Cambodian students adjust life goals after stint in Australia

For the past five years, Central Coast Grammar School, north of Sydney, has been hosting the at-risk children, many of whom, have gone on to forge successful careers.


Seventeen year-old Phannat Phy only began playing piano five years ago.

He learnt entirely by ear in his home country, Cambodia, and he’s already receiving standing ovations.

His performance at Central Coast Grammar’s school assembly blew the audience away.

Phannat is one of a generation of children in Cambodia living below the poverty line.

Since he was three, Phannat has been living under the care of Sunrise Cambodia, a charity that supports and educates at-risk children.

It was set up in the early 90s by Geraldine Cox.

“All of the children that have come have been affected in some way by feelings of abandonment, low self-worth, lack of confidence because there is a stigma attached to being an orphan in Cambodia.”

Phannat is one of four teenagers from Sunrise Cambodia, taking part in an Australian exchange program.

For a month, they attend school at New South Wales’ Central Coast Grammar and stay with a host family.

For most, it’s the first time they’ve lived in such a setting.

Phannat says it’s like having a second family.

“I feel like that this is my own house and she is my mother, yeah – they are very kind, it’s like my mother and father.”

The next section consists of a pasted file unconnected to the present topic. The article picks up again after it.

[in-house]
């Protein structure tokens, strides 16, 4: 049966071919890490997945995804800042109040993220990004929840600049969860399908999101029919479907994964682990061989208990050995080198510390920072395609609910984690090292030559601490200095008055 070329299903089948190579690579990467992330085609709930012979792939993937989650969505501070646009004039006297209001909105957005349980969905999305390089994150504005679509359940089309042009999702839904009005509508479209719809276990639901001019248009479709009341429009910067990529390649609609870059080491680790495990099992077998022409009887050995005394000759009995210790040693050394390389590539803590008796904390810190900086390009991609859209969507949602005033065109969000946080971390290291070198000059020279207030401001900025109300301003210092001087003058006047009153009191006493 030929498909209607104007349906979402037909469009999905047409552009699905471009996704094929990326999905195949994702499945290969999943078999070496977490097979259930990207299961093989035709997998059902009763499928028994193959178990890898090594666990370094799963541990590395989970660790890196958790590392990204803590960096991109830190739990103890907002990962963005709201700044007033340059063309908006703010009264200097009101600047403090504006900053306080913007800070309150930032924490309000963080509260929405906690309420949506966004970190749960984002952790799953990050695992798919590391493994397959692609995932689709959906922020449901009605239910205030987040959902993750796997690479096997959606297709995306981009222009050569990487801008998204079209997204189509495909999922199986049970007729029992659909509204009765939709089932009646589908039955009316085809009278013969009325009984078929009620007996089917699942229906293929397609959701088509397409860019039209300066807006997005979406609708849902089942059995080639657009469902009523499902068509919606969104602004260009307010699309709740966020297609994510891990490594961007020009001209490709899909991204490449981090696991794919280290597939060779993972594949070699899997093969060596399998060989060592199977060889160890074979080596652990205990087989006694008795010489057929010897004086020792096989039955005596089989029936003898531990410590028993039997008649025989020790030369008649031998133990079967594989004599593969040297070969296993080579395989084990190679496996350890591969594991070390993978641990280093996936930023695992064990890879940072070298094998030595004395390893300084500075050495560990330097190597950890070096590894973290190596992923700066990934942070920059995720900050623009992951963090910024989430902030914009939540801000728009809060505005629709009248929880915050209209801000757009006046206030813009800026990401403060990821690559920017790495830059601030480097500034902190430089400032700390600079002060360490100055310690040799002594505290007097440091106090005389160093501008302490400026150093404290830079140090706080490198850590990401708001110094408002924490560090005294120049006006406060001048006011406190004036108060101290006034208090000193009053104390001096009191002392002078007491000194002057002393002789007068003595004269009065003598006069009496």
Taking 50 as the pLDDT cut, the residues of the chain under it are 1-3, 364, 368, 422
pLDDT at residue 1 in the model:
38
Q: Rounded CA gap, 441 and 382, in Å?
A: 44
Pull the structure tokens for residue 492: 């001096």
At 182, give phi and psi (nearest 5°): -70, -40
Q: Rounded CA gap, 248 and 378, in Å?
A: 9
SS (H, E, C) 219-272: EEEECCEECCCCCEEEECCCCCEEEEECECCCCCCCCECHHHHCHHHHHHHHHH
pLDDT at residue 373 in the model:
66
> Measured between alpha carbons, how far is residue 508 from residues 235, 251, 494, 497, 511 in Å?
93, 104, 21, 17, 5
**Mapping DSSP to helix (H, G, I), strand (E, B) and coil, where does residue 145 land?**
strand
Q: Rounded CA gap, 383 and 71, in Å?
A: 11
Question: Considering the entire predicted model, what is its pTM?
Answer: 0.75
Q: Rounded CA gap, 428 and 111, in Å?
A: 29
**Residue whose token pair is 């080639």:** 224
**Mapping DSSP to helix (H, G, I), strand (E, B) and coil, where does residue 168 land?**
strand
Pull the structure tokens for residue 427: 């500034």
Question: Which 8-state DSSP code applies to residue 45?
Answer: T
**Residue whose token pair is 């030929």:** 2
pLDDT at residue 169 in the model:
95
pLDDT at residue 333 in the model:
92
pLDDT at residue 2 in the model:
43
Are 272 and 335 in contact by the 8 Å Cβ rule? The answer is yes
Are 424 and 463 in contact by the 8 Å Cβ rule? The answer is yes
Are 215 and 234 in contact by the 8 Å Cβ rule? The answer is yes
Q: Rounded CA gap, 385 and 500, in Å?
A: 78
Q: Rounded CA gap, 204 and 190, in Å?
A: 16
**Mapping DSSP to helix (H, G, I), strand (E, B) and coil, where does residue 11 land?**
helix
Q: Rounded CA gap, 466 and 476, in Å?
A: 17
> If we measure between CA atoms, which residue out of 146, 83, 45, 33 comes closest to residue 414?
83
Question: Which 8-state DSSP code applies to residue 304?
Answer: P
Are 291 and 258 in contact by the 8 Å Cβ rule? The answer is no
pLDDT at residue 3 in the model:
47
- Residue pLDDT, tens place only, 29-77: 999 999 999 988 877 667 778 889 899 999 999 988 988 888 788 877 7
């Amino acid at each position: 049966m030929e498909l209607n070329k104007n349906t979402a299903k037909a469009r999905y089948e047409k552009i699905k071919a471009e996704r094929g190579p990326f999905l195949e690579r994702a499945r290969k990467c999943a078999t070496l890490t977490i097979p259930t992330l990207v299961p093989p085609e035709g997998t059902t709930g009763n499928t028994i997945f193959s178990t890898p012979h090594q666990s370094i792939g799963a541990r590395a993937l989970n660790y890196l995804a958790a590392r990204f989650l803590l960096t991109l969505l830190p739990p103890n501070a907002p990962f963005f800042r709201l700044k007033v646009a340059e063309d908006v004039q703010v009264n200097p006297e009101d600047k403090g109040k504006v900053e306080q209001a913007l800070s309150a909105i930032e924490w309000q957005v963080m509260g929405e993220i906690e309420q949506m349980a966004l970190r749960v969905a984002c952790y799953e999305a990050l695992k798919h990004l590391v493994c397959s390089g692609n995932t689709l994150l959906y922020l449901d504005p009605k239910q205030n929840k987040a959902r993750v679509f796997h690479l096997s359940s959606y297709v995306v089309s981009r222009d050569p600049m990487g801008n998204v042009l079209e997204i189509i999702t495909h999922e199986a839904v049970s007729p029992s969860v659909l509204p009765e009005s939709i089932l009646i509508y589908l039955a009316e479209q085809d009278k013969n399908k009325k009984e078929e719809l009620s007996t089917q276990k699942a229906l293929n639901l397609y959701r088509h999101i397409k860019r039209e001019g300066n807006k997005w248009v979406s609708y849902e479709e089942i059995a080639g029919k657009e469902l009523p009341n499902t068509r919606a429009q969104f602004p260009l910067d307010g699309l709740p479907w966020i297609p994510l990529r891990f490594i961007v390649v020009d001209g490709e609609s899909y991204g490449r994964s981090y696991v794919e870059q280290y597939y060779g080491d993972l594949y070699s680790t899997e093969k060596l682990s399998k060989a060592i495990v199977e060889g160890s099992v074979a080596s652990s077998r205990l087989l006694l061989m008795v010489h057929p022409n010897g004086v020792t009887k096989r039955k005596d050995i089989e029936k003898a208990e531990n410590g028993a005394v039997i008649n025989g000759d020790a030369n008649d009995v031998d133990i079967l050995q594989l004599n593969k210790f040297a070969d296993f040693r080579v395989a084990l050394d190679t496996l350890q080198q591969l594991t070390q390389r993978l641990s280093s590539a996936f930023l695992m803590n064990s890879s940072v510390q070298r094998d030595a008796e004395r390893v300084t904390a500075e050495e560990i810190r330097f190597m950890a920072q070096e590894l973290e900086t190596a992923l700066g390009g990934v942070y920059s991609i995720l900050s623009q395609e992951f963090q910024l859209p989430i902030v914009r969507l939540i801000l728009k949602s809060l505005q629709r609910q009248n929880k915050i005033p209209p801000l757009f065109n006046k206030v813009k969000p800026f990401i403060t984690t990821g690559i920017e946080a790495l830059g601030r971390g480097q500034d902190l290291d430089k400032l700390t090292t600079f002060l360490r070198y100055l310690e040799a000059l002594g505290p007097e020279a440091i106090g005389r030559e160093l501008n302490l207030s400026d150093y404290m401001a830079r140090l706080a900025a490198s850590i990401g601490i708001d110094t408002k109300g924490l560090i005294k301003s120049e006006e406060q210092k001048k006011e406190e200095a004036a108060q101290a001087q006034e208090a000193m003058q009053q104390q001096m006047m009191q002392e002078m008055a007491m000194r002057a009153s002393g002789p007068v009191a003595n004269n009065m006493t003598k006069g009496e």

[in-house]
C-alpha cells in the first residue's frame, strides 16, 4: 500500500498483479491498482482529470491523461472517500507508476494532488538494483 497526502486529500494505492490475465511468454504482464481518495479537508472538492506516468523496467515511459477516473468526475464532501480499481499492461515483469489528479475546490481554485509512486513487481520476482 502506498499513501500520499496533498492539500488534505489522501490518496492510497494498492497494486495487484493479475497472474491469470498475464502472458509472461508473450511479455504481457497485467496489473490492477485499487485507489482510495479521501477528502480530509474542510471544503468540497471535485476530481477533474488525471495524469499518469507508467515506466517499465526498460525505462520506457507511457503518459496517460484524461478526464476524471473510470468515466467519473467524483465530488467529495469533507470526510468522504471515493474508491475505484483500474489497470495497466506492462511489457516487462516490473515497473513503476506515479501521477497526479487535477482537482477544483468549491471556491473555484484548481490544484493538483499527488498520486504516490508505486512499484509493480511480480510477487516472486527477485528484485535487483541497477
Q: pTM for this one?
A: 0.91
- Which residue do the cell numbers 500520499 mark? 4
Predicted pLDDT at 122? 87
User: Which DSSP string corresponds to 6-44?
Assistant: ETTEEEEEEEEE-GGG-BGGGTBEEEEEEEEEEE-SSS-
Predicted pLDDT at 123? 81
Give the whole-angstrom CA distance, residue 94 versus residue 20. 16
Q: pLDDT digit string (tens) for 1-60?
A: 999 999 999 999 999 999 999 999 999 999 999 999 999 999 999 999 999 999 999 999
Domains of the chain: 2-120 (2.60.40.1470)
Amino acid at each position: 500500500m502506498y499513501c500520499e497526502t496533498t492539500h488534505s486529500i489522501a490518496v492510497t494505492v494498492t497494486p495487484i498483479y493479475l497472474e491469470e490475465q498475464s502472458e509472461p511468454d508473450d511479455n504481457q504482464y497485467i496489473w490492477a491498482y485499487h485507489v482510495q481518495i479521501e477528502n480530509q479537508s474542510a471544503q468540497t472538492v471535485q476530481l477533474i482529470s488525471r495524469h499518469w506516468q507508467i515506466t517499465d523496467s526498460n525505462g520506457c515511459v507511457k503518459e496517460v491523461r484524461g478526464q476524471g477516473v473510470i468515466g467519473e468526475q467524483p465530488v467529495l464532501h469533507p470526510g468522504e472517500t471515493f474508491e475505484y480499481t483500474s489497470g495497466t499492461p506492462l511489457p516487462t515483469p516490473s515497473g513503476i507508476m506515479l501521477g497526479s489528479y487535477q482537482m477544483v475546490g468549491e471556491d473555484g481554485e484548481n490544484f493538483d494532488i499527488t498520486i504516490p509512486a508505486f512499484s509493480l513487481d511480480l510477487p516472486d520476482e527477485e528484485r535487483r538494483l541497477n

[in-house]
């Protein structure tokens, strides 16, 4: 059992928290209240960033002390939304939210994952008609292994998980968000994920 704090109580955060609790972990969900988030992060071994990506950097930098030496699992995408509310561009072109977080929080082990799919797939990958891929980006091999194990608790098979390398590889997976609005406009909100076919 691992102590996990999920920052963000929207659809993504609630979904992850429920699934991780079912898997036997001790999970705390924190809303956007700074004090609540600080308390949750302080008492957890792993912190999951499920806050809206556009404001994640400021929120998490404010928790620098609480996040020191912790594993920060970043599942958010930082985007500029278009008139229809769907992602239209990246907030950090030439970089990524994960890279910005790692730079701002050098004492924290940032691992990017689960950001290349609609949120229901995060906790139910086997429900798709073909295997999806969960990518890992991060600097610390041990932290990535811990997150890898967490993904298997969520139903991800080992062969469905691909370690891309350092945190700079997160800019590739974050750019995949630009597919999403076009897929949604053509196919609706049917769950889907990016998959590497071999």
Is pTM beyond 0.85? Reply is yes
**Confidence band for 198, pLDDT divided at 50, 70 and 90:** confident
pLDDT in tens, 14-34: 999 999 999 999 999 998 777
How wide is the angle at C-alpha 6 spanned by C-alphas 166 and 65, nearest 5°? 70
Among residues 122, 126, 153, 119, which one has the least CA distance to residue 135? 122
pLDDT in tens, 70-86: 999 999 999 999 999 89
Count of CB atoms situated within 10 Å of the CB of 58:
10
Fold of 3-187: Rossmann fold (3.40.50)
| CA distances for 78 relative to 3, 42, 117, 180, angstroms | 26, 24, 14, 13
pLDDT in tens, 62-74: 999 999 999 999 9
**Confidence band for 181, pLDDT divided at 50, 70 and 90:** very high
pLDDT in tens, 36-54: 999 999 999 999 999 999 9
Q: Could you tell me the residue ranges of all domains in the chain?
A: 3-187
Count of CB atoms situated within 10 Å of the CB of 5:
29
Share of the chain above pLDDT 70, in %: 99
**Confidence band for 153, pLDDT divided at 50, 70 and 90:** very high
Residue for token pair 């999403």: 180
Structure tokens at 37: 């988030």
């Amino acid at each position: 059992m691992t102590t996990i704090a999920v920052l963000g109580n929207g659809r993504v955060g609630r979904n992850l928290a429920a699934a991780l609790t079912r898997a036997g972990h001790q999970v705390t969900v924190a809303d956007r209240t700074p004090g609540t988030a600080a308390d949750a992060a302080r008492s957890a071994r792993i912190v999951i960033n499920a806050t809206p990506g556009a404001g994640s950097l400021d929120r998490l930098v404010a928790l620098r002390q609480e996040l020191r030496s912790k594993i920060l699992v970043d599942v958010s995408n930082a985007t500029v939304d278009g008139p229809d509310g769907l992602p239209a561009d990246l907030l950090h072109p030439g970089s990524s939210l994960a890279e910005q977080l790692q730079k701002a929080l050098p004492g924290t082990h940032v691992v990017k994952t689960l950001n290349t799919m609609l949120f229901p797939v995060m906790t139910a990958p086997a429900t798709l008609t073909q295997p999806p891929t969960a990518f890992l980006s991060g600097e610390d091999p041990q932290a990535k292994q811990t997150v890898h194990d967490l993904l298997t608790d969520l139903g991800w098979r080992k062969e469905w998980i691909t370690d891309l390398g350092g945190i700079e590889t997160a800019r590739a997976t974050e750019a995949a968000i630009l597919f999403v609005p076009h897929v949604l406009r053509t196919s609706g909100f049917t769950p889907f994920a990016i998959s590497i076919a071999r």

He and the others are giving just as much back to the community.

Bec Hockey, a year 12 student at Central Coast Grammar, first met Phannat when she went on exchange to Cambodia last year.

She says it was an honour to see Phannat perform at the assembly.

“Really proud, I knew how nervous he was and he was just amazing and to see his talent be showcased at our school was really amazing.”

Founder of the exchange program, Peter Davies, in the past has hosted some of the Cambodian students in his home.

He says the memories they leave behind last forever.

“Some of the funny things that happen, you’ll never forget. For example, we told two of our boys that we had a machine for washing clothes – I wound up pulling clothes out of our dishwasher.”

For the students, the trip is full of new experiences.

In Cambodia, school runs for just three hours a day and there are no extra-curricular activities.

Phannat says he’s grateful to be taking part in a range of subjects that don’t exist in Cambodia.

“(We) don’t have sport or art or music, that’s why it makes us like, feel stressed. This place is very nice.”

Chieb Khtik says it’s her first time using a computer at school.